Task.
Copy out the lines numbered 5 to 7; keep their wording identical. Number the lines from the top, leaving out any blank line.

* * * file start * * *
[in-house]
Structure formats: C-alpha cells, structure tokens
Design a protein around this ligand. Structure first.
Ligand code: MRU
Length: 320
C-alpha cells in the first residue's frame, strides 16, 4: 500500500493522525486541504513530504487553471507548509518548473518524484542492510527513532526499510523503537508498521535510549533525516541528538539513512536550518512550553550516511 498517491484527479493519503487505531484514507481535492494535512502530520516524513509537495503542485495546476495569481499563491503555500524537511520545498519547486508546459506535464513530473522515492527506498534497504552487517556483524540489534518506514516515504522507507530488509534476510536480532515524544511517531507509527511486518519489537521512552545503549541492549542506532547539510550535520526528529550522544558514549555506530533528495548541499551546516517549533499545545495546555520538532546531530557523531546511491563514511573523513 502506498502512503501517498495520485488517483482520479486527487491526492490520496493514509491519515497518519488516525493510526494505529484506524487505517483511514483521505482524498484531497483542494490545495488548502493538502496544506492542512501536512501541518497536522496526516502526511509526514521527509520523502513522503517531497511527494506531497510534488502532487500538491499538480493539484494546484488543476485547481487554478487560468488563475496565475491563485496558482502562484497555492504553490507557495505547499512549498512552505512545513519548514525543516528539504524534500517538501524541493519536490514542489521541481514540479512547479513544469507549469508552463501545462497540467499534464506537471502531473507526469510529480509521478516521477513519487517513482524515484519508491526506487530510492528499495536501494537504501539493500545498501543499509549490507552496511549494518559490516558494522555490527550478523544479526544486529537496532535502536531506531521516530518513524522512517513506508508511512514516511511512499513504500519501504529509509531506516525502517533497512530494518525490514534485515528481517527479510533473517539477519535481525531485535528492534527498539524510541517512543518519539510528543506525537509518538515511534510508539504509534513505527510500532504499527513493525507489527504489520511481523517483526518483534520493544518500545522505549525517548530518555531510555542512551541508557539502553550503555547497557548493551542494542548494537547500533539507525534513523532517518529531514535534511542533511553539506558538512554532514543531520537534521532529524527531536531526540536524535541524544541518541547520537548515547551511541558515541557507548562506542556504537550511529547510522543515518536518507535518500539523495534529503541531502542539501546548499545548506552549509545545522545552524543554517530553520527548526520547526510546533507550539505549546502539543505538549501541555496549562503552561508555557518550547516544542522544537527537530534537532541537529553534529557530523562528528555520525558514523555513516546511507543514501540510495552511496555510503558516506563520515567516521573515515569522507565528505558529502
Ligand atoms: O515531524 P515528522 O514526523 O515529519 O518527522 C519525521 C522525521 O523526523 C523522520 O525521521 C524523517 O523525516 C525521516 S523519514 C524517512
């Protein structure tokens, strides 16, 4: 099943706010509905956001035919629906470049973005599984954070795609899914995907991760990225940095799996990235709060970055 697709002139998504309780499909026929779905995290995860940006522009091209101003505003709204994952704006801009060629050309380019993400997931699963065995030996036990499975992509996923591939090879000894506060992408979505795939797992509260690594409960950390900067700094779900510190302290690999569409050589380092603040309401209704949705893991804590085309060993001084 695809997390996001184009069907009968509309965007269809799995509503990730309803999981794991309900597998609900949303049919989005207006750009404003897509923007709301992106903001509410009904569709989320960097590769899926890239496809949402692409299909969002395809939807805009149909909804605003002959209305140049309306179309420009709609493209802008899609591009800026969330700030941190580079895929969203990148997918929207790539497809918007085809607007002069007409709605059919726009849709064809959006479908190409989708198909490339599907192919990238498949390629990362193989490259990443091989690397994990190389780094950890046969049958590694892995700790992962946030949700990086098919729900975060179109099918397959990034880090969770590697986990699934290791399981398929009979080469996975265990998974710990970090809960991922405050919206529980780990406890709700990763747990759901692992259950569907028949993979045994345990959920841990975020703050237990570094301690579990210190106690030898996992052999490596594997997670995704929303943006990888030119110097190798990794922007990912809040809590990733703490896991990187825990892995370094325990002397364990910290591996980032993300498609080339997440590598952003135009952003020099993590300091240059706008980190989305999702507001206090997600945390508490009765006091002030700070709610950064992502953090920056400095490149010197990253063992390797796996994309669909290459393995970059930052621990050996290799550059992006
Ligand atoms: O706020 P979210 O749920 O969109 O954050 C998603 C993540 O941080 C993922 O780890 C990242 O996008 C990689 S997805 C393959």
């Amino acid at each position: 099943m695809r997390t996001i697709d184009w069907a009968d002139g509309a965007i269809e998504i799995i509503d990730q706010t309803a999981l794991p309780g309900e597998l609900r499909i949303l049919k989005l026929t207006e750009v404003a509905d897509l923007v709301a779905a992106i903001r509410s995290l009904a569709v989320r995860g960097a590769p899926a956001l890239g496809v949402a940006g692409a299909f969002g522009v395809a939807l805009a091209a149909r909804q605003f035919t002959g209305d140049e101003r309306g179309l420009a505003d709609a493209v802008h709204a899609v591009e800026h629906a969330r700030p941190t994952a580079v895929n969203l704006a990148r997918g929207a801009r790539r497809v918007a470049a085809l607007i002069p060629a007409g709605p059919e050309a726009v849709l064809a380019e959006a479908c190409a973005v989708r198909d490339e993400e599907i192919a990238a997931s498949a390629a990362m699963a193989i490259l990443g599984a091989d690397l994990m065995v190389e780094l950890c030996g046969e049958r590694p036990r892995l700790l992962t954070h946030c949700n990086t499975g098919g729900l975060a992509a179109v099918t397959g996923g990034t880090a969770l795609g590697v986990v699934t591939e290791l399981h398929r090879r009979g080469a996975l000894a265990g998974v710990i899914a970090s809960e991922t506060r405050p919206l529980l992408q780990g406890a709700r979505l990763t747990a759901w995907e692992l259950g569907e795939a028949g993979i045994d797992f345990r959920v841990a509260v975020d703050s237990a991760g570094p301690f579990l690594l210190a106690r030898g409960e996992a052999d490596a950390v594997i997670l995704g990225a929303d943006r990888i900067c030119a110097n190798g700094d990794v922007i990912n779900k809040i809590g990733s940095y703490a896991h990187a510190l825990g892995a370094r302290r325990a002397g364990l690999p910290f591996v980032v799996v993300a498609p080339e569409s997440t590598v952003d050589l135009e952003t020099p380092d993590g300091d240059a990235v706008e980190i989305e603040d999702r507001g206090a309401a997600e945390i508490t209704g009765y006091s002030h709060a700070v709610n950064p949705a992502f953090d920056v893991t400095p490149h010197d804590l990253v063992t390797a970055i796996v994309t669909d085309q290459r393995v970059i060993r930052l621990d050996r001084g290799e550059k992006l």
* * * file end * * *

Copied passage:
Length: 320
C-alpha cells in the first residue's frame, strides 16, 4: 500500500493522525486541504513530504487553471507548509518548473518524484542492510527513532526499510523503537508498521535510549533525516541528538539513512536550518512550553550516511 498517491484527479493519503487505531484514507481535492494535512502530520516524513509537495503542485495546476495569481499563491503555500524537511520545498519547486508546459506535464513530473522515492527506498534497504552487517556483524540489534518506514516515504522507507530488509534476510536480532515524544511517531507509527511486518519489537521512552545503549541492549542506532547539510550535520526528529550522544558514549555506530533528495548541499551546516517549533499545545495546555520538532546531530557523531546511491563514511573523513 502506498502512503501517498495520485488517483482520479486527487491526492490520496493514509491519515497518519488516525493510526494505529484506524487505517483511514483521505482524498484531497483542494490545495488548502493538502496544506492542512501536512501541518497536522496526516502526511509526514521527509520523502513522503517531497511527494506531497510534488502532487500538491499538480493539484494546484488543476485547481487554478487560468488563475496565475491563485496558482502562484497555492504553490507557495505547499512549498512552505512545513519548514525543516528539504524534500517538501524541493519536490514542489521541481514540479512547479513544469507549469508552463501545462497540467499534464506537471502531473507526469510529480509521478516521477513519487517513482524515484519508491526506487530510492528499495536501494537504501539493500545498501543499509549490507552496511549494518559490516558494522555490527550478523544479526544486529537496532535502536531506531521516530518513524522512517513506508508511512514516511511512499513504500519501504529509509531506516525502517533497512530494518525490514534485515528481517527479510533473517539477519535481525531485535528492534527498539524510541517512543518519539510528543506525537509518538515511534510508539504509534513505527510500532504499527513493525507489527504489520511481523517483526518483534520493544518500545522505549525517548530518555531510555542512551541508557539502553550503555547497557548493551542494542548494537547500533539507525534513523532517518529531514535534511542533511553539506558538512554532514543531520537534521532529524527531536531526540536524535541524544541518541547520537548515547551511541558515541557507548562506542556504537550511529547510522543515518536518507535518500539523495534529503541531502542539501546548499545548506552549509545545522545552524543554517530553520527548526520547526510546533507550539505549546502539543505538549501541555496549562503552561508555557518550547516544542522544537527537530534537532541537529553534529557530523562528528555520525558514523555513516546511507543514501540510495552511496555510503558516506563520515567516521573515515569522507565528505558529502
Ligand atoms: O515531524 P515528522 O514526523 O515529519 O518527522 C519525521 C522525521 O523526523 C523522520 O525521521 C524523517 O523525516 C525521516 S523519514 C524517512